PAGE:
Foreign relations of the Ottoman Empire

Foreign relations of the Ottoman Empire

The foreign relations of the Ottoman Empire were characterized by competition with the Persian Empire to the east and Europe to the west. The foreign relations of the Ottomans began to collapse in the late 19th century and the early 20th century, the rise of nationalism under the Ottoman Empire eventually leading to the loss of many important territories. Austria-Hungary annexed Bosnia and Herzegovina, the Bulgarian Declaration of Independence soon followed, and eventually most of the Arab lands became independent soon before the Empire entered World War I.

The Ottoman Empire's diplomatic structure was unconventional and departed in many ways from its European counterparts. Traditionally, foreign affairs were conducted by the Reis ül-Küttab (Chief Clerk or Secretary of State) who also had other duties. In 1836, a Foreign Ministry was created.[1]

Ambassadors from the Ottoman Empire were usually appointed on a temporary and limited basis, as opposed to the resident ambassadors sent by other European nations.[2][3]The Ottomans sent 145 temporary envoys to Venice between 1384 and 1600.[4] The first resident Ottoman ambassador was not seen until Yusuf Agah Efendi was sent to London in 1798.[2][5]

Ambassadors to the Ottoman Empire began arriving shortly after the fall of Constantinople. The first was Bartelemi Marcello from Venice in 1454. The French ambassador Jean de La Forêt later arrived in 1535.[6] In 1583, the ambassadors from Venice and France would attempt unsuccessfully to block William Harborne of England from taking up residence in Istanbul. This move was repeated by Venice, France and England in trying to block Dutch ambassador Cornelius Haga in 1612.[7]

Capitulations were a unique practice of Muslim diplomacy that was adopted by Ottoman rulers. In legal and technical terms, they were unilateral agreements made by the Sultan to a nation's merchants. These agreements were temporary, and subject to renewal by subsequent Sultans.[8][9] The origins of the capitulations comes from Harun al Rashid and his dealings with the Frankish kingdoms, but they were also used by both his successors and by the Byzantine Empire.[9]

The Ottoman Empire was a crucial part of the European states system and actively played a role in their affairs, due in part to their coterminous periods of development.[10][11]
Towards the end of the 15th century, the Ottomans began to play a larger role in the Italian Peninsula. In 1494, both the Papacy and the Kingdom of Naples petitioned the Sultan directly for his assistance against Charles VIII of France in the First Italian War.[12]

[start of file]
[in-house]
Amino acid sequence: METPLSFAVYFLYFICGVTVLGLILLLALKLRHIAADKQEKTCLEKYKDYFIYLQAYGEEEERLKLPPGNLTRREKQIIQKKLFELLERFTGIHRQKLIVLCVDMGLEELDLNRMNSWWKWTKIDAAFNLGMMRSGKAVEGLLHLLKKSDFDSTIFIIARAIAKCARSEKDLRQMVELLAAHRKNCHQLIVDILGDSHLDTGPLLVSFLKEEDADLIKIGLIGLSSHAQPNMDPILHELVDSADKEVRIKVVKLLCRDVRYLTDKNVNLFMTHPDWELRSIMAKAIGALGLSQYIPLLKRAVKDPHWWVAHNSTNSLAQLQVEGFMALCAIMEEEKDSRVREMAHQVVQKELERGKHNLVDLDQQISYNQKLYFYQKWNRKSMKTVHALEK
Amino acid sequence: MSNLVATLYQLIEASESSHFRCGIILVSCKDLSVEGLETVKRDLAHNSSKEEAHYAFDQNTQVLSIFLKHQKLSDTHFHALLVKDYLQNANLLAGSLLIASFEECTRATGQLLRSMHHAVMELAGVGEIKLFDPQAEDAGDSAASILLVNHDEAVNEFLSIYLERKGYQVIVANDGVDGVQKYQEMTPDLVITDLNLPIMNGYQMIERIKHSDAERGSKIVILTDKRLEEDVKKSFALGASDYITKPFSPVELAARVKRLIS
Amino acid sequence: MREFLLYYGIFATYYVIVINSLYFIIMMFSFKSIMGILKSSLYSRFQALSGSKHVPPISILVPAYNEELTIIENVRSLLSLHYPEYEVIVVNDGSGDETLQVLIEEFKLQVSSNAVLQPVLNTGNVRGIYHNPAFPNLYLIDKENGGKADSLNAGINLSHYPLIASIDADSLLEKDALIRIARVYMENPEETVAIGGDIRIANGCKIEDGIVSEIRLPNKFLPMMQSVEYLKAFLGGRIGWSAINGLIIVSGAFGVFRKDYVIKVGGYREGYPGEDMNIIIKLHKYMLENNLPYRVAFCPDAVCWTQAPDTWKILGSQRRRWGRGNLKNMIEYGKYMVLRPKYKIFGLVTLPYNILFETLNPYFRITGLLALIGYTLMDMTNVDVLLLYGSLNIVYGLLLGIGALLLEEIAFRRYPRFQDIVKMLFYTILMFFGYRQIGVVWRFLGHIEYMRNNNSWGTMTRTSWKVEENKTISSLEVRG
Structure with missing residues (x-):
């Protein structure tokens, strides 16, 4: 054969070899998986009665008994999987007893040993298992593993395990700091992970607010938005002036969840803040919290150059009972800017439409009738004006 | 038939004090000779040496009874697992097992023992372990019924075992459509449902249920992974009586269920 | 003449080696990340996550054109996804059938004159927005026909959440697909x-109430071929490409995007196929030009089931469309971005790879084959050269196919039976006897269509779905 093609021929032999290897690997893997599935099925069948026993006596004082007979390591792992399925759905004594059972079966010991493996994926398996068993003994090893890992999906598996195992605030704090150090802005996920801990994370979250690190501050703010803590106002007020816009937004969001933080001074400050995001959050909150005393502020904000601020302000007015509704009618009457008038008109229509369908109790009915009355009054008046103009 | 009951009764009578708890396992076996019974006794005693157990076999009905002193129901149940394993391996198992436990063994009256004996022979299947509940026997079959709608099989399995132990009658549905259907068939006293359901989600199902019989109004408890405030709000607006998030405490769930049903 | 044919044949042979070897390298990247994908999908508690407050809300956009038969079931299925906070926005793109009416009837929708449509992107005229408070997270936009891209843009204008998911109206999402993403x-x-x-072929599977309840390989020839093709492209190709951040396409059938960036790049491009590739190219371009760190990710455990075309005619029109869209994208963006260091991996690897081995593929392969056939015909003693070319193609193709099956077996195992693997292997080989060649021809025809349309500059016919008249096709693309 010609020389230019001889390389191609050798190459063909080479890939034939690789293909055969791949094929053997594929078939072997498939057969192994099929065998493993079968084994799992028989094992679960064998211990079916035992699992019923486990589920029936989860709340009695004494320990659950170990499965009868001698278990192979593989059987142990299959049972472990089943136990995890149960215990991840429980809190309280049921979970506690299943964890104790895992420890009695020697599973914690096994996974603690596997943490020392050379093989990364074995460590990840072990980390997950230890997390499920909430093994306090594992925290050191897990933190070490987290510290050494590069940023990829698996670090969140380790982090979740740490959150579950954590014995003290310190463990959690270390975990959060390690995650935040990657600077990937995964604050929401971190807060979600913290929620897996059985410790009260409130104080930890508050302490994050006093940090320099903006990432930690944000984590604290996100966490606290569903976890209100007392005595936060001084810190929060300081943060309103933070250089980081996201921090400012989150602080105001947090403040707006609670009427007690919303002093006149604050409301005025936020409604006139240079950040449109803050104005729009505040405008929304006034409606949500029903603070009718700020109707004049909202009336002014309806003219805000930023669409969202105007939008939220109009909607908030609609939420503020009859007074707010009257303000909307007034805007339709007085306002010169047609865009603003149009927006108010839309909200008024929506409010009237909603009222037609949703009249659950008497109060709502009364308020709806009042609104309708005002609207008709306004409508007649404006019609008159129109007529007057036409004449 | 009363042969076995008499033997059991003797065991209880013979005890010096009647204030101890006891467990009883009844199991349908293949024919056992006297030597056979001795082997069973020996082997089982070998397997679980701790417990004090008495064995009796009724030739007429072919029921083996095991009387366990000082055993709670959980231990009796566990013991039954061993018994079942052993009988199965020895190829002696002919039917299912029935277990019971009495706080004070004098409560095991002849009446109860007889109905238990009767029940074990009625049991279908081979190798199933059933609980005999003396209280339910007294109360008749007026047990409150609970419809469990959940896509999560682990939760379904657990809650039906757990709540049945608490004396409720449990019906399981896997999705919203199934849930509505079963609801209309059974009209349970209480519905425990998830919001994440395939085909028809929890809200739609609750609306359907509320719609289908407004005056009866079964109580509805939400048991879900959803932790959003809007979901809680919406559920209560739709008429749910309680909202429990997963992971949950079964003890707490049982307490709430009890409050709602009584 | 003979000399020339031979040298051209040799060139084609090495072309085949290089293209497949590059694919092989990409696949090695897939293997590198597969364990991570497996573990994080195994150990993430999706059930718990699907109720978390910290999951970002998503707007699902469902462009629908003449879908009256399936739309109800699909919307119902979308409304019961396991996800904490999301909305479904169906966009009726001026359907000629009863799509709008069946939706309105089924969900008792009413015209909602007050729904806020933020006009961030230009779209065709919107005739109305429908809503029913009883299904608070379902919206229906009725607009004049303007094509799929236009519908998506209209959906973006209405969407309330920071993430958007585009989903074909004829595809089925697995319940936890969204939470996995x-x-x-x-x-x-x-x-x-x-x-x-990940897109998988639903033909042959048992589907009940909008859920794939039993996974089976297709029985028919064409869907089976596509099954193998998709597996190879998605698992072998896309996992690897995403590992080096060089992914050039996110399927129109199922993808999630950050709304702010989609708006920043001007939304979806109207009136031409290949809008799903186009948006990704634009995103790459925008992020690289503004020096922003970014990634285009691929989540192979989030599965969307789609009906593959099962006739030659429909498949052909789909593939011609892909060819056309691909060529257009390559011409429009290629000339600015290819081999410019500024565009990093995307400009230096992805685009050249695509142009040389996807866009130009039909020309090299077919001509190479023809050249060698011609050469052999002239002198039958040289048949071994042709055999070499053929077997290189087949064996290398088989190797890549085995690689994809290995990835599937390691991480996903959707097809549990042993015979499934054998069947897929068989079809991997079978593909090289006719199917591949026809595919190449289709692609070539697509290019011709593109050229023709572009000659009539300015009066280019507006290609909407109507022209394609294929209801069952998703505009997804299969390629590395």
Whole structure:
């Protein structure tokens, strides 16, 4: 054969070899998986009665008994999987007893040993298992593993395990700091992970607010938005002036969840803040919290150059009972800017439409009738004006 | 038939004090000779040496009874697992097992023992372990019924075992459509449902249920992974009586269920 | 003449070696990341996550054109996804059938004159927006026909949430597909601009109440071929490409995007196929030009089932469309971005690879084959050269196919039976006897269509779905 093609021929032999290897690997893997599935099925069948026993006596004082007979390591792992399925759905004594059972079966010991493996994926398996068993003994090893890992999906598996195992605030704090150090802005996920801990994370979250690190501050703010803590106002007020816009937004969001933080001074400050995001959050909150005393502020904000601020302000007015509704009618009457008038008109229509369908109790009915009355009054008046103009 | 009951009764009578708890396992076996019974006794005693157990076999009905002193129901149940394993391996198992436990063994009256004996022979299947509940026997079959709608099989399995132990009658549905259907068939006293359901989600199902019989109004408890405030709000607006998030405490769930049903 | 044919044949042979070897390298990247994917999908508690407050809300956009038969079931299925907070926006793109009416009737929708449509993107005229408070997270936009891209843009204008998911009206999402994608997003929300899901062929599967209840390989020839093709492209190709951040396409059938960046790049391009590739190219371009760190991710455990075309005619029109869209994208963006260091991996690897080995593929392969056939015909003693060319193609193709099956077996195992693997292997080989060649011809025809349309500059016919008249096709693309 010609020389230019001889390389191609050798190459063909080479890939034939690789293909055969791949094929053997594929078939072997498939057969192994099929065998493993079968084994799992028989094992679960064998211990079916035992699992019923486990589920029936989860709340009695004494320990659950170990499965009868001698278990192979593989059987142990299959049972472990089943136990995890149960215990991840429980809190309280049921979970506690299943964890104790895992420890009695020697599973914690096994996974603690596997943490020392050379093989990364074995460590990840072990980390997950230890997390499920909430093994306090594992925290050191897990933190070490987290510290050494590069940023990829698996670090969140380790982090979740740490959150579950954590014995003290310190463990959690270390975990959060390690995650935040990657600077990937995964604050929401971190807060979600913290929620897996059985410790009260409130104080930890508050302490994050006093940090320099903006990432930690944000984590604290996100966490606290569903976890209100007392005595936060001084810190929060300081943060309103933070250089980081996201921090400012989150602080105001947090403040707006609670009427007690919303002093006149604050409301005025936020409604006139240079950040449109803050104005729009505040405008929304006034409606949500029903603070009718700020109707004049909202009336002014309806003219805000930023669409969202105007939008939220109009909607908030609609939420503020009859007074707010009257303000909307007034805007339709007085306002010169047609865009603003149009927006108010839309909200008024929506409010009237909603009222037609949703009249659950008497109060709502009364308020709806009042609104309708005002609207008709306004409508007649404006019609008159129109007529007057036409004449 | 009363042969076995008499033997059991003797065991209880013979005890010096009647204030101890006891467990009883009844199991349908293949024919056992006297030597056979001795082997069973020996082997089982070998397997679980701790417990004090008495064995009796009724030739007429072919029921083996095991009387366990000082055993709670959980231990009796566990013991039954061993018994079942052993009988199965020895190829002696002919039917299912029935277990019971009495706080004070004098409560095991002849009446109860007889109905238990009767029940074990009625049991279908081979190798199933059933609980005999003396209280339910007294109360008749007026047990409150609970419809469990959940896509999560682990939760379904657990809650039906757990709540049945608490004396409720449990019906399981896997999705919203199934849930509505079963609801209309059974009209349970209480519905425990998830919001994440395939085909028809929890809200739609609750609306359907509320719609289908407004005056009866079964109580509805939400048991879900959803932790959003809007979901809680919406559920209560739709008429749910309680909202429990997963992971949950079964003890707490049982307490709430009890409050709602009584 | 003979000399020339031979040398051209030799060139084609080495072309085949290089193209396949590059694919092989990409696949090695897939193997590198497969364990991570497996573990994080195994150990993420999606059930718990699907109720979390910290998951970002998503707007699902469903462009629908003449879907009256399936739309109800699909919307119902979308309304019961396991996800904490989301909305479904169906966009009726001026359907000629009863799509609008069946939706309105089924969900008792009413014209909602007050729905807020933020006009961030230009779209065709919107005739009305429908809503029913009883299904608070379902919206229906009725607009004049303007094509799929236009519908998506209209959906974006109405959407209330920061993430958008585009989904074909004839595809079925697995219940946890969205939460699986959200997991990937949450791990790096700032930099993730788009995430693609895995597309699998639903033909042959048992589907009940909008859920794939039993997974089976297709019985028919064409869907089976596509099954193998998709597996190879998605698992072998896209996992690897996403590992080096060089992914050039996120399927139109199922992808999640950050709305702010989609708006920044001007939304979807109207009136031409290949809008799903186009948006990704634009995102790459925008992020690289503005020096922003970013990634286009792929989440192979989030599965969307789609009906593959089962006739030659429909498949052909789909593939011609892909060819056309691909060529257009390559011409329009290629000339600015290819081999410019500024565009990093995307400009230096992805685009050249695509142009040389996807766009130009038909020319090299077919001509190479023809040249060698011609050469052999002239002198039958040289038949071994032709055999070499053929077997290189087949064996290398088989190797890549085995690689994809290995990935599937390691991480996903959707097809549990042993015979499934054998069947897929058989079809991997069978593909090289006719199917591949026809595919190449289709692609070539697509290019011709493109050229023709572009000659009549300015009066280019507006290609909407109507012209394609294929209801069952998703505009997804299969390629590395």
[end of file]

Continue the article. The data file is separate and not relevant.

Ottoman policy towards Europe during the 16th century was one of disruption against the Habsburg dynasties.[10] The Ottomans collaborated with Francis I of France and his Protestant allies in the 1530s while fighting the Habsburgs.[10] Although the French had sought an alliance with the Ottomans as early as 1531, one was not concluded until 1536. The sultan then gave the French freedom of trade throughout the empire, and plans were drawn up for an invasion of Italy from both the north and the south in 1537.[13]
Francis I later admitted to a Venetian ambassador that the Ottoman Empire was the only thing that prevented Charles V, Holy Roman Emperor from creating a Europe-wide empire under Habsburg dominion.[14][15]

Later, the Dutch would ally with the Ottomans. Prince William of Orange coordinated his strategic moves with those of the Ottomans during the Turkish negotiations with Philip II of Spain in the 1570s.[10] After the Habsburgs inherited the Portuguese crown in 1580, Dutch forces attacked their Portuguese trading rivals while the Turks, supportive of the Dutch bid for independence, attacked the Habsburgs in Eastern Europe.[16]

In the 19th century the Ottoman Empire grew weaker and Britain increasingly became its protector, even fighting the Crimean War in the 1850s to help it out. Three British leaders played major roles. Lord Palmerston in the 1830-65 era considered the Ottoman Empire an essential component in the balance of power, was the most favourable toward Constantinople. William E. Gladstone in the 1870s sought to build a Concert of Europe that would support the survival of the empire. In the 1880s and 1890s Lord Salisbury contemplated an orderly dismemberment of it, in such a way as to reduce rivalry between the greater powers.[17]